Current
value
Object
identifier: Not
editable.
Consists of
object type
(such as AV)
and object
instance (such
as 90).
Figure 37
Object properties in Envision for BACtalk interface
Beginning with the release of VLC ROC 4.10b4, you can use both the object
description property and the object name to label points.
Differences between Gen4 ROC versions
Depending on the version of the ROC file that is loaded on a Gen4 VLC, the way
description and object name properties are handled is different, as shown in
Table 24.
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Ta ble 24
Differences between ROC versions
ROCs earlier than 4.10b4
ROCs 4.10b4 and later
Object names
Has fixed text strings in the
object name property that
cannot be edited.
Has editable object name
property of AI, AO, AV, BI, BO,
and BV objects. To edit, use the
prompted property of a display.
DDC selected in
Writable/DDC
option in Device
Settings
Descriptions are in DDC.
Descriptions are in DDC, but
can be overridden from any
Envision for BACtalk display
that shows them.
They can overridden only if
they are re-edited using
VisualLogic or the Envision for
BACtalk DDC editor.
Descriptions that are present in
the DDC file are used as default
if the user has not overridden
them by assigning other
descriptions from Envision for
BACtalk.
Writable selected
in Writable/DDC
option in Device
Settings
Descriptions that are contained
in the DDC file are ignored.
Descriptions that are contained
in the DDC file are ignored.
Descriptions are either defined
manually or via BACtalk
Builder’s Point Builder and then
loaded on the controller by
sending Point data, as
described on page 98.
All descriptions can be edited
from Envision for BACtalk
screens.
Flash memory
Contains only description
strings, so there is enough
room for a 38-character
description for every object on
the VLC.
Shared between assigned
object descriptions and object
names. Consequently, there
may not be enough room for
every object to have an
assigned description.
Text strings are limited to 30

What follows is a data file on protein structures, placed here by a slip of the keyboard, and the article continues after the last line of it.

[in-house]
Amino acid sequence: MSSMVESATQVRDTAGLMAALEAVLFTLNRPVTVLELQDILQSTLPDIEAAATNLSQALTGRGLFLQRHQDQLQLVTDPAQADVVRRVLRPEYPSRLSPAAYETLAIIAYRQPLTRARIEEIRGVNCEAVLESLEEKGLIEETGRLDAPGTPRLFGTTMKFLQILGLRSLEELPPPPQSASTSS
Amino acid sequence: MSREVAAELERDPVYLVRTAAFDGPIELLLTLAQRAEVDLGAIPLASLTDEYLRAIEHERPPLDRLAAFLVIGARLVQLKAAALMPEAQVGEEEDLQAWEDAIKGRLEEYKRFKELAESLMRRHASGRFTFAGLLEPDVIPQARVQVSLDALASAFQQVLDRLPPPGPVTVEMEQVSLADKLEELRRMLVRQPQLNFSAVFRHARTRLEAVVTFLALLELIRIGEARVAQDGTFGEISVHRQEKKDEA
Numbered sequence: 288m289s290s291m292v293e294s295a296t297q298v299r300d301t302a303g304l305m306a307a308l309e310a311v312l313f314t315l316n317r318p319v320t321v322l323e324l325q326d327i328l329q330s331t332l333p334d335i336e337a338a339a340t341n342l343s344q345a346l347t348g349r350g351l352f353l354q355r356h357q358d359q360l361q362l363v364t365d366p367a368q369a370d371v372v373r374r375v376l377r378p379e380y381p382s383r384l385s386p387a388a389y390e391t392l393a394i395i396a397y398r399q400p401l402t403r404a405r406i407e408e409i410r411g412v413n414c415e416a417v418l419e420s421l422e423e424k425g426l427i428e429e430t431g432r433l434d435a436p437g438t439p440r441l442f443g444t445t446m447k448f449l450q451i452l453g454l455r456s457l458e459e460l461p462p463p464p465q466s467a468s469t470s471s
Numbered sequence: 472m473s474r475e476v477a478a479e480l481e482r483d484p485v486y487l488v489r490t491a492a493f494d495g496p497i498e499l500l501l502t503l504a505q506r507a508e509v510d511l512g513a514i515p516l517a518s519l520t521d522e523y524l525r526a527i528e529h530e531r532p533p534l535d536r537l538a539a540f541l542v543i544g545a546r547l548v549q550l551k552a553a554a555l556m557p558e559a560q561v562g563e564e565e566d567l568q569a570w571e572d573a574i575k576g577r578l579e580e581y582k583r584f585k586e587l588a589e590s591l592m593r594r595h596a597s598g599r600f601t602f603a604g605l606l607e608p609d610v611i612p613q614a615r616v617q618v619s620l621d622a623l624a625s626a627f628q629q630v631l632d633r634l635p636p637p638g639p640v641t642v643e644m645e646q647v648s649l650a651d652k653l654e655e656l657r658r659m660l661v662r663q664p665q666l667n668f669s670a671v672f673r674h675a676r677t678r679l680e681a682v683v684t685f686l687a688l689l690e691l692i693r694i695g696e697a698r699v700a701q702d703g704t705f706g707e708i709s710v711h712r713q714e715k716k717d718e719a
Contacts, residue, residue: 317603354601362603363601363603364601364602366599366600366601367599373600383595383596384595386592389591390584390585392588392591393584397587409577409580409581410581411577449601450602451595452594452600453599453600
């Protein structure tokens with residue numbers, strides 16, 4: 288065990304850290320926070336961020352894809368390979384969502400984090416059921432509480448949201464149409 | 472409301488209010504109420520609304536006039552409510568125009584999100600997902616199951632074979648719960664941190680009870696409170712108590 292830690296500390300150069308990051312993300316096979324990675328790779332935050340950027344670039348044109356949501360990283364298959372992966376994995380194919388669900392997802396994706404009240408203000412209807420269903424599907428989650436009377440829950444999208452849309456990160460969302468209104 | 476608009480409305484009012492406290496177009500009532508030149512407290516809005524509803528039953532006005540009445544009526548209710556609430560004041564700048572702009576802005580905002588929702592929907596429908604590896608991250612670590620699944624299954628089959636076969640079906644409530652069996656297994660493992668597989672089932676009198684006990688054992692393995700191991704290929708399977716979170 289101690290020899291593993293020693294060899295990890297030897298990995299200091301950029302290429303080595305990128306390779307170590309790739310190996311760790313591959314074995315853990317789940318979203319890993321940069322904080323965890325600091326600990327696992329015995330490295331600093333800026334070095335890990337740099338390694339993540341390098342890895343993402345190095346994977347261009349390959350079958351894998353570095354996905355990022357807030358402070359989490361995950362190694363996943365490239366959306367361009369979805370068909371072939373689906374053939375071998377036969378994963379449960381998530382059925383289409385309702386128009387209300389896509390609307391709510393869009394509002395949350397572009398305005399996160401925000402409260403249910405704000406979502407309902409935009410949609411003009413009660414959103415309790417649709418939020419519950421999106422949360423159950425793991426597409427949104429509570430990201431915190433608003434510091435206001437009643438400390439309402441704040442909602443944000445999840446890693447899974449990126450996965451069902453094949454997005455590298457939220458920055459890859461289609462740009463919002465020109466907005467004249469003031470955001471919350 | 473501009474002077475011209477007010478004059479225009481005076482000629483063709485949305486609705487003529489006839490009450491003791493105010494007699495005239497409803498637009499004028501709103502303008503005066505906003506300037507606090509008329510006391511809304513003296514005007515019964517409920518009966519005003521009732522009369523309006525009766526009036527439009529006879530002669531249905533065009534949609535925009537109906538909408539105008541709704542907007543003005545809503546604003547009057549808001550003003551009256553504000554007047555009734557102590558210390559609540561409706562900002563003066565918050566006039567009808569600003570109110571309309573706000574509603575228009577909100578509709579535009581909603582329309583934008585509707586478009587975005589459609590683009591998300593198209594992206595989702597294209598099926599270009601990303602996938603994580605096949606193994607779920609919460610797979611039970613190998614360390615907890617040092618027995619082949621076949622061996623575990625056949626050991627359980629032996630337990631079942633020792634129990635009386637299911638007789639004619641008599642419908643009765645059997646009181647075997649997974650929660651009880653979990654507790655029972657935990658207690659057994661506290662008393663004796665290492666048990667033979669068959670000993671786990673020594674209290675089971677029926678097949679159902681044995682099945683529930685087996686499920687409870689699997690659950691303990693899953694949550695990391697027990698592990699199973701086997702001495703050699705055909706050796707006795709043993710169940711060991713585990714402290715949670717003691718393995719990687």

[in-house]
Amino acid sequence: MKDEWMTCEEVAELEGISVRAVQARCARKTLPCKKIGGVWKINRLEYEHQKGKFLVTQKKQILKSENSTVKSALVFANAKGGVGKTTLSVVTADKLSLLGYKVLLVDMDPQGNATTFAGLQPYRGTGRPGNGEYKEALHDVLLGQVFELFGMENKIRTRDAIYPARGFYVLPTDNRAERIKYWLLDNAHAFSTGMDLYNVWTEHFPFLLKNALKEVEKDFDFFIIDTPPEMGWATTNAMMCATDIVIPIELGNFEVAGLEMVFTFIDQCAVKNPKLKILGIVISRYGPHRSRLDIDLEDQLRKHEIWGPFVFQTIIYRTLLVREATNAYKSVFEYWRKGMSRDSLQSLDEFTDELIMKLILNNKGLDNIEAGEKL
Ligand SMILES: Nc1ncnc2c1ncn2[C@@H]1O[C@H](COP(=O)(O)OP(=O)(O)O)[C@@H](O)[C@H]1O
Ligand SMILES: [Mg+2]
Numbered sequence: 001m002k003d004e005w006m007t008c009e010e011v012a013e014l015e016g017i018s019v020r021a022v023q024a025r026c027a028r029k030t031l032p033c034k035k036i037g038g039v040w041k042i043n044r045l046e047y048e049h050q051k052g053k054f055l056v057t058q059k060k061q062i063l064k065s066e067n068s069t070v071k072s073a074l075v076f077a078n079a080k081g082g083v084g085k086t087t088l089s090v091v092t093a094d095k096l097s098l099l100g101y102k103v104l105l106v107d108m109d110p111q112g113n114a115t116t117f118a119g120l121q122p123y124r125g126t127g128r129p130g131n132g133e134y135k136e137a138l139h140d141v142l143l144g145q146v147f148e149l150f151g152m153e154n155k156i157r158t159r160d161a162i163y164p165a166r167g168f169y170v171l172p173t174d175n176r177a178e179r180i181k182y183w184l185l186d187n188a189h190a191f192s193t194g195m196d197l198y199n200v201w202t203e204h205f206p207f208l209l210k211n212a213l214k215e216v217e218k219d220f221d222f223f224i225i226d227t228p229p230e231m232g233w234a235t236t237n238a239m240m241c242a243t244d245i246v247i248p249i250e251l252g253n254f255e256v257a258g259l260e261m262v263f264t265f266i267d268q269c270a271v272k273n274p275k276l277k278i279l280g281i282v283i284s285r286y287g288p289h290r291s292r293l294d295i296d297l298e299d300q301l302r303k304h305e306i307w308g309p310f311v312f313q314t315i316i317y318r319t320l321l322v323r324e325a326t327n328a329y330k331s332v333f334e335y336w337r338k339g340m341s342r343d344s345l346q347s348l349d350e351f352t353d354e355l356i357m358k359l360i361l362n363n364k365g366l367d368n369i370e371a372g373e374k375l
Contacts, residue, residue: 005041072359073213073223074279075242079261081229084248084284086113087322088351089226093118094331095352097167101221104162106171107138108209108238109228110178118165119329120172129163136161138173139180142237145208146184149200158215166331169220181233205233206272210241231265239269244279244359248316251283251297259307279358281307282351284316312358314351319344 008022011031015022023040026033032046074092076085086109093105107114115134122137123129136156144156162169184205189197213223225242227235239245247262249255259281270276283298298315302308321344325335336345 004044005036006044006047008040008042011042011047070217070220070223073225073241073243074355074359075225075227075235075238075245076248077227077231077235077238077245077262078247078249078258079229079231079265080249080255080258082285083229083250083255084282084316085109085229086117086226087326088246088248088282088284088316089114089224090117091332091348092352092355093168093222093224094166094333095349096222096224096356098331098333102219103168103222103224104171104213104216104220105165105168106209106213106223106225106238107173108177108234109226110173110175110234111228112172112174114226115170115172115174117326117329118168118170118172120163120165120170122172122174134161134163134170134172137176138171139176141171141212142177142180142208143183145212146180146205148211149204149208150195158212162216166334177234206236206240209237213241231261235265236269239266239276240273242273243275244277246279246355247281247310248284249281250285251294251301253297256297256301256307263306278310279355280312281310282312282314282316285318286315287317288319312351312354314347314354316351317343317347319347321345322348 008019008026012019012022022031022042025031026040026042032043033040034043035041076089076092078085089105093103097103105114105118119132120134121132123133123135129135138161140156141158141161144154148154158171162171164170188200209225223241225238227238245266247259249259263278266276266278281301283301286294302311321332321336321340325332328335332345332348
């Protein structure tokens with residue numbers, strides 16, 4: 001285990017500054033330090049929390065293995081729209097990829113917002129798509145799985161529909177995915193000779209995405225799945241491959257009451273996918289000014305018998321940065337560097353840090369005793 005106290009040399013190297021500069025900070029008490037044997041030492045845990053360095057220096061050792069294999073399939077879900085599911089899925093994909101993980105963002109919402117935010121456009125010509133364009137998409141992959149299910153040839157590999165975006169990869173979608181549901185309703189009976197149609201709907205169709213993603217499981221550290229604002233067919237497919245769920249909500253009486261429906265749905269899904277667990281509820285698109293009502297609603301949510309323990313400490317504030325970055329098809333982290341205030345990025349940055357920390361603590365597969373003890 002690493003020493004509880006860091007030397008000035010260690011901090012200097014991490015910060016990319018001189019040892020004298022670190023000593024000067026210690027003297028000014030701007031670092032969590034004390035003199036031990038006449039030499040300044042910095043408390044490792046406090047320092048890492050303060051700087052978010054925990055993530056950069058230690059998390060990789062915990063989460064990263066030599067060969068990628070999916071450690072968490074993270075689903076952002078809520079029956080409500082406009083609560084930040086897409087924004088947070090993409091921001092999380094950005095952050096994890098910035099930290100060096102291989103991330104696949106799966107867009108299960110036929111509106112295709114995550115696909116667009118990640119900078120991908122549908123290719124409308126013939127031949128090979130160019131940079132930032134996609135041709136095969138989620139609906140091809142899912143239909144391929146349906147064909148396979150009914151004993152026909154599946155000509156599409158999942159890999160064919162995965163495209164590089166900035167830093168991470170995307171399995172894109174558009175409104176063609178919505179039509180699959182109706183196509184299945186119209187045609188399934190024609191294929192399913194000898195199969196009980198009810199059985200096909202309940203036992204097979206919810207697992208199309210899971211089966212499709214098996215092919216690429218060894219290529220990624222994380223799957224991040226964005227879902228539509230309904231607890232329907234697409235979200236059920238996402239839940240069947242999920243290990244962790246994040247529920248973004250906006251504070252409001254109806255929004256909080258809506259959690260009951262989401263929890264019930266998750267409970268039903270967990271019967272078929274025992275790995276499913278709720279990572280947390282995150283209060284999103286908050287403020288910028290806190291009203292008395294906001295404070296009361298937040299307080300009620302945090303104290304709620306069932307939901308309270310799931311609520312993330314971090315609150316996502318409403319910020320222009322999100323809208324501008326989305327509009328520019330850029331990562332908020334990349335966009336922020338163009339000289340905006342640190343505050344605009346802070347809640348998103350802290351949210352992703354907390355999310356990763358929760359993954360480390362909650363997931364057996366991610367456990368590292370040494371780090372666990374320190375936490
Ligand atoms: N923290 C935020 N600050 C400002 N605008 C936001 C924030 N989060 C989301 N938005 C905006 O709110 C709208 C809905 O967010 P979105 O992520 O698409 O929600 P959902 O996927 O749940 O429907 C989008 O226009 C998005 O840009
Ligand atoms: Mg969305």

characters.
ROC versions earlier than 4.10b4
If a VLC has a ROC earlier than 4.10b4 installed, an object’s name is not
editable.
To label a point you must edit the point’s description property. Editing is
controlled in Device Settings on the General tab (Figure 10 on page 38) in the
Writable/DDC Descriptions field.
For ROC versions previous to 4.10b4, an area of flash memory is reserved to
accommodate a 38-character description for each of the AI, AO, AV, BI, BO, and
BV objects.
Object descriptions can also be assigned in the DDC and stored as part of the
DDC file. A configuration selection in the DDC header determines which of the
descriptions is used.
Writable
If Writable is selected in the Writable/DDC Descriptions field, the descriptions
that are stored in flash memory are used. An object description shown on an
Envision for BACtalk screen can be edited and saved at the VLC.
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Use Device Manager to save descriptions from the VLC to the devices
pointdata.mdb file, or conversely to download descriptions from the devices’s
pointdatat.mdb file to the VLC.
Note Alerton recommends the Writable setting for devices loaded with a ROC
earlier than the 4.10b4 version. This setting allows users to update descriptions
from a prompted property on a display. (If the option is set to DDC and the
descriptions are not defined in Device Settings, descriptions that you send to
controllers via Device Manager, Send Point Data are not visible. If DDC is
selected and you do not define any descriptors, you cannot load descriptors from
the pointdata.mdb file. Also, only VAV applications in Alerton/Standard have
point descriptions defined.)
DDC
If DDC is selected in the Writable/DDC Descriptions field, point descriptions
reside in the VisualLogic DDC file that is loaded on the device. Description
properties cannot be edited from Envision for BACtalk screens.
Instead, edit the point description properties in the DDC by using VisualLogic on
the Point Setup tab. (To populate the Point Setup tab, click Collect Points (for
.bd4 files) or Synchronize Points (for .bd6 files).) See instructions under “Setting
point descriptions” on page 43.
Note You can also edit DDC descriptions by using the DDC editor that is
included with Envision for BACtalk. (For more information, see “DDC editors”